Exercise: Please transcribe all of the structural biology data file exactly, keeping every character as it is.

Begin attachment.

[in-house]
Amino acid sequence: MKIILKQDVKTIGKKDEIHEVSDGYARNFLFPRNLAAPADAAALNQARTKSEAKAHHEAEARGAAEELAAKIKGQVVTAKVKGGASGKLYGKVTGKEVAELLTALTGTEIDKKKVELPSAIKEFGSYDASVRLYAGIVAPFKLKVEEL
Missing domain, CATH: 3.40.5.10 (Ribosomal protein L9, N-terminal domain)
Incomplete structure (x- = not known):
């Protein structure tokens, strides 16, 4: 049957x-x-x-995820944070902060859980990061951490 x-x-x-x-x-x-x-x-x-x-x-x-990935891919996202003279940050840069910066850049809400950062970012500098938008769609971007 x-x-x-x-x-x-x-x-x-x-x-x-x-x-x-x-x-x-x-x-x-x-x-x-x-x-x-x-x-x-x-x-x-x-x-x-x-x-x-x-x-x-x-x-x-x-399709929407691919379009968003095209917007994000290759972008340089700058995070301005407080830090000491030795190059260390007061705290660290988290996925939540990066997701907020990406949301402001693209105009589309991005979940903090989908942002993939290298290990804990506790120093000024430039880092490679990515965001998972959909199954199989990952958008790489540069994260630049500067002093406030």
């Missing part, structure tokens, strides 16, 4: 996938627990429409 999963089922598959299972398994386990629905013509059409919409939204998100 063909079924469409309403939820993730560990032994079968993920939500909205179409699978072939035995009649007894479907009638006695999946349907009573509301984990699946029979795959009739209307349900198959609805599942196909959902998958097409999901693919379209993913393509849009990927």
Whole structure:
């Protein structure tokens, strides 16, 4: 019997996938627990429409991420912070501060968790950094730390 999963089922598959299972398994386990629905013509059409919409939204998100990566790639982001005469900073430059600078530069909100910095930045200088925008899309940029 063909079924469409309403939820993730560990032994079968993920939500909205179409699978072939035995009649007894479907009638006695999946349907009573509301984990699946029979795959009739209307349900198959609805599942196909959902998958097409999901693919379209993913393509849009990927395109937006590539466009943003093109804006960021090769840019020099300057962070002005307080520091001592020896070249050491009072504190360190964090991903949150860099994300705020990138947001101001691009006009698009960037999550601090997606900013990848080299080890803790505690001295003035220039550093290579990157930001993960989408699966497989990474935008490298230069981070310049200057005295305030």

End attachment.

[in-house]
Amino acid sequence: MKIILKQDVKTIGKKDEIHEVSDGYARNFLFPRNLAAPADAAALNQARTKSEAKAHHEAEARGAAEELAAKIKGQVVTAKVKGGASGKLYGKVTGKEVAELLTALTGTEIDKKKVELPSAIKEFGSYDASVRLYAGIVAPFKLKVEEL
Missing domain, CATH: 3.40.5.10 (Ribosomal protein L9, N-terminal domain)
Incomplete structure (x- = not known):
């Protein structure tokens, strides 16, 4: 049957x-x-x-995820944070902060859980990061951490 x-x-x-x-x-x-x-x-x-x-x-x-990935891919996202003279940050840069910066850049809400950062970012500098938008769609971007 x-x-x-x-x-x-x-x-x-x-x-x-x-x-x-x-x-x-x-x-x-x-x-x-x-x-x-x-x-x-x-x-x-x-x-x-x-x-x-x-x-x-x-x-x-x-399709929407691919379009968003095209917007994000290759972008340089700058995070301005407080830090000491030795190059260390007061705290660290988290996925939540990066997701907020990406949301402001693209105009589309991005979940903090989908942002993939290298290990804990506790120093000024430039880092490679990515965001998972959909199954199989990952958008790489540069994260630049500067002093406030």
């Missing part, structure tokens, strides 16, 4: 996938627990429409 999963089922598959299972398994386990629905013509059409919409939204998100 063909079924469409309403939820993730560990032994079968993920939500909205179409699978072939035995009649007894479907009638006695999946349907009573509301984990699946029979795959009739209307349900198959609805599942196909959902998958097409999901693919379209993913393509849009990927």
Whole structure:
């Protein structure tokens, strides 16, 4: 019997996938627990429409991420912070501060968790950094730390 999963089922598959299972398994386990629905013509059409919409939204998100990566790639982001005469900073430059600078530069909100910095930045200088925008899309940029 063909079924469409309403939820993730560990032994079968993920939500909205179409699978072939035995009649007894479907009638006695999946349907009573509301984990699946029979795959009739209307349900198959609805599942196909959902998958097409999901693919379209993913393509849009990927395109937006590539466009943003093109804006960021090769840019020099300057962070002005307080520091001592020896070249050491009072504190360190964090991903949150860099994300705020990138947001101001691009006009698009960037999550601090997606900013990848080299080890803790505690001295003035220039550093290579990157930001993960989408699966497989990474935008490298230069981070310049200057005295305030």